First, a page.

The chatter in the room dulls to a few lone voices, then suddenly falls to silence. The only sound I hear is the whistle between Aunt Feen’s dentures and her gums as she breathes. “I’m Valentine Roncalli, a sister of the bride.”
“We know who you are!” Lorraine Pinuccia shouts from the remote Island table, so far away her wave resembles a distress signal.
Tess raises up out of her chair slightly and shoots Pinooch a dirty look. I look over at my mother, who has a smile of support plastered to her face identical to the one she had when I blew my line as the “Gloria in Excelcius Deus” angel in the kindergarten Christmas pageant in 1980. “You can’t help me now, Ma,” I want to shout to her, but she looks embalmed.
“Well, thank you Cousin Pinooch. You know we’re now the Roncalli-McAdoo family and maybe the McAdoos haven’t met us all yet,” I explain. It could be the sweat in my eyes, but I think Boyd McAdoo, the thrice-divorced electrician brother of my new brother-in-law is leering at me, another reason to cut this short. “God was in his heaven,” I begin “ … and decided that it was time to create a country … he wanted to create a great country, with gorgeous vineyards, and lush fields and glorious sunsets—”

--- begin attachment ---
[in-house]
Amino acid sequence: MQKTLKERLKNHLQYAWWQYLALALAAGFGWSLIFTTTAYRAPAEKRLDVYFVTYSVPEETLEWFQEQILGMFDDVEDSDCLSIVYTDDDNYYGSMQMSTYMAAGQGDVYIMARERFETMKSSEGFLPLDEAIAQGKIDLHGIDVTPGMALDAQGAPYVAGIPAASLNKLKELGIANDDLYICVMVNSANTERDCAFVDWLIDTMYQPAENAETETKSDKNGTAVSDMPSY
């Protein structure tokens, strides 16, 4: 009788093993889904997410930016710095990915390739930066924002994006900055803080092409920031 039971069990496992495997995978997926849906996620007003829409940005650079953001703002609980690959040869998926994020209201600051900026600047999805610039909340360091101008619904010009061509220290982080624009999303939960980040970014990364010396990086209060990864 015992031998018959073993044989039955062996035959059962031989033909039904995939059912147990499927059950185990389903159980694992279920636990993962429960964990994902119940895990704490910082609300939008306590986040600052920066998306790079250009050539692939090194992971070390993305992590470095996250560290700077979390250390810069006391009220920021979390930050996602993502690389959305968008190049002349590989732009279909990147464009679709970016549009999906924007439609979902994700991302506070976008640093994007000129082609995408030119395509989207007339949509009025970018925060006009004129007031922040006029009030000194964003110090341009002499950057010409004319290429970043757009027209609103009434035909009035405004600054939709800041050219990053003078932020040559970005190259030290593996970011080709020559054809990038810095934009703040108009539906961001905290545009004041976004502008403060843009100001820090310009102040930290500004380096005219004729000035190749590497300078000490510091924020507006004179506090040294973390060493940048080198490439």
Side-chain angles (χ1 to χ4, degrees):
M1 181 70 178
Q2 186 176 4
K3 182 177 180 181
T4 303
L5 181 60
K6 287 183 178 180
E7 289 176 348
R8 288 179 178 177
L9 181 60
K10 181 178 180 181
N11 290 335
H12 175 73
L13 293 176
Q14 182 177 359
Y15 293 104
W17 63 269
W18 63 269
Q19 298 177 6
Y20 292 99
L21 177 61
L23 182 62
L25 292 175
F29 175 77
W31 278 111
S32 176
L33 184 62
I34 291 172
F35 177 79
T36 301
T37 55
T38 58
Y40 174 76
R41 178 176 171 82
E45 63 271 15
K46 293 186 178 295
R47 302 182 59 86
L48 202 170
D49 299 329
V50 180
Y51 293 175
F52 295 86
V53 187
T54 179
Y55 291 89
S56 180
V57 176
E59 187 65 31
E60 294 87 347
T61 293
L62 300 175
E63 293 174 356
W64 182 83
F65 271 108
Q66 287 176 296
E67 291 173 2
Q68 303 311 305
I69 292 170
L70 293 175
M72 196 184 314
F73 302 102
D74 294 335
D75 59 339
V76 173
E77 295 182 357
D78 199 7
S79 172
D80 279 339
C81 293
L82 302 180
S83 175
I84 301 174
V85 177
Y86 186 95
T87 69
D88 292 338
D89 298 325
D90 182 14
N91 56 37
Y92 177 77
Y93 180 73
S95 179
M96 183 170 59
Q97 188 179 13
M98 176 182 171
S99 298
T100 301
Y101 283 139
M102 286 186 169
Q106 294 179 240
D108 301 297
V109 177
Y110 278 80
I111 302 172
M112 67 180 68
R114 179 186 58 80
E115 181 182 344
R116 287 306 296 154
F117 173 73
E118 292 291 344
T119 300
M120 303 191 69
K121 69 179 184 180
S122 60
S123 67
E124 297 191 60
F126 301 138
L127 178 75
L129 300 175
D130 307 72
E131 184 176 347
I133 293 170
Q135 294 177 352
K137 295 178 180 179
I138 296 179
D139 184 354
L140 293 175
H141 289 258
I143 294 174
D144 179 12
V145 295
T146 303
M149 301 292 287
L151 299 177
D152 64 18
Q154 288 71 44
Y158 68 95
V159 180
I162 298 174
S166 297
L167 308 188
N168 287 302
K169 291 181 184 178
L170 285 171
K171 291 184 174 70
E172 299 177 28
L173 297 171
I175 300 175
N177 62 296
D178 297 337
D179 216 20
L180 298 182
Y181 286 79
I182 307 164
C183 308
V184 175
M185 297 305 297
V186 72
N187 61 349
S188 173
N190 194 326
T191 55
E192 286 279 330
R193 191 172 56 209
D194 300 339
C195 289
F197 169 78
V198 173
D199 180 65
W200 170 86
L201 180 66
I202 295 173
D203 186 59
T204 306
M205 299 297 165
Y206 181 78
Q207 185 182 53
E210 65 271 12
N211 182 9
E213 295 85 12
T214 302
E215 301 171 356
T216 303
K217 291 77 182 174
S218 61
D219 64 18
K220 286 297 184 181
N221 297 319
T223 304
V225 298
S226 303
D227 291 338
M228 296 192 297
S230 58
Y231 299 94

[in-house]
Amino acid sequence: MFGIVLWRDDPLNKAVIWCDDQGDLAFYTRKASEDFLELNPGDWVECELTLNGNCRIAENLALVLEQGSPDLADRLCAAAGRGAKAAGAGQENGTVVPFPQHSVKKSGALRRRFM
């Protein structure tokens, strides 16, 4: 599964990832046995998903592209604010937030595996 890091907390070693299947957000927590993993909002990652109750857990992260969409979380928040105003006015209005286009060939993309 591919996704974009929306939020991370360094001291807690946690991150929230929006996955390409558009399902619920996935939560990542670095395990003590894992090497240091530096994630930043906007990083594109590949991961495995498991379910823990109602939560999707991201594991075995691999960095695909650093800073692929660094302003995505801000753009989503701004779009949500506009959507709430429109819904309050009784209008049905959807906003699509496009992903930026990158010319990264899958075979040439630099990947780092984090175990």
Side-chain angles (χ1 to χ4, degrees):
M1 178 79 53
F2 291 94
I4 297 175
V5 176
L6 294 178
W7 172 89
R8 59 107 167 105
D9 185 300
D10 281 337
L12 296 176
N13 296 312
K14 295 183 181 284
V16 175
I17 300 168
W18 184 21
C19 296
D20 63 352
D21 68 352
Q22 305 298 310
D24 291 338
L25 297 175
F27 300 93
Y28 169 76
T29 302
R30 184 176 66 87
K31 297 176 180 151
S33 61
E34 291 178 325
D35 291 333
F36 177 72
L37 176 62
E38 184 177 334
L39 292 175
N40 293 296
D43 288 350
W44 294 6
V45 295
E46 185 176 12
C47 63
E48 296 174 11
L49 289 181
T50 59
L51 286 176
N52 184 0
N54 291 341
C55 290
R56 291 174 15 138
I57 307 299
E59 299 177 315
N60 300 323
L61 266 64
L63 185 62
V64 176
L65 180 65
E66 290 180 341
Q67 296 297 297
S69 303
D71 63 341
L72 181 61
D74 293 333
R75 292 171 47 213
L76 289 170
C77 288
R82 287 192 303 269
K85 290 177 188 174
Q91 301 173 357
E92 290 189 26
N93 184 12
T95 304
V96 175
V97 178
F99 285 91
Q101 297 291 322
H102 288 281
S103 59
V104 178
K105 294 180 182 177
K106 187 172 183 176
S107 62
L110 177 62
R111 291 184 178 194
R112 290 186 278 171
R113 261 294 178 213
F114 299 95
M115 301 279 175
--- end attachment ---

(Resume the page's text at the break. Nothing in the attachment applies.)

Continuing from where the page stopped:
“The first country!” My father bellows as he makes a number one in the air with his pointer finger.
“Dad. Please. You might want to save your upper register for ‘Butterfly Kisses.’” I dive back into the story. “God knew He wanted to call it Italy.” My dad’s brother, the eternally inappropriate Uncle Sal, yanks a rose from the centerpiece at the Parents table and stands, waving it like a flag. “Viva Italia Sempre!” he cries.
Mr. McAdoo stands and yanks another rose from the centerpiece. “To the Emerald Isle!” he counters.
“E pluribus pizzazz!” my mother heckles.
“To the world!” I raise my arm high in the air to include all global humanity.
Tess applauds. Alone. “Anyhow …” I continue, God had to fill Italy with people, and he wondered, ‘Shall I create woman first? Or shall I create man first?’ The debate went on for several months until He decided. I shall create women first so they can have dinner ready for the men.”
Gram, Tess, Jaclyn, Mom and Dad take a beat then look around, finally, in solidarity, they force their laughs. The remaining guests sit in a blue pool of silence lit by low votive candles, which makes them look like out-of-work circus performers in a Fellini movie.
“All right then.” I regroup. “Do you know why God created brothers in Italian families? Because he knew their single sisters needed somebody to dance with at weddings.” The self-deprecating humor goes over worse than the pointed joke. I am dying up here. It’s so quiet in this room, I can hear the ice melt in Len Scatizzi’s rum and Coke.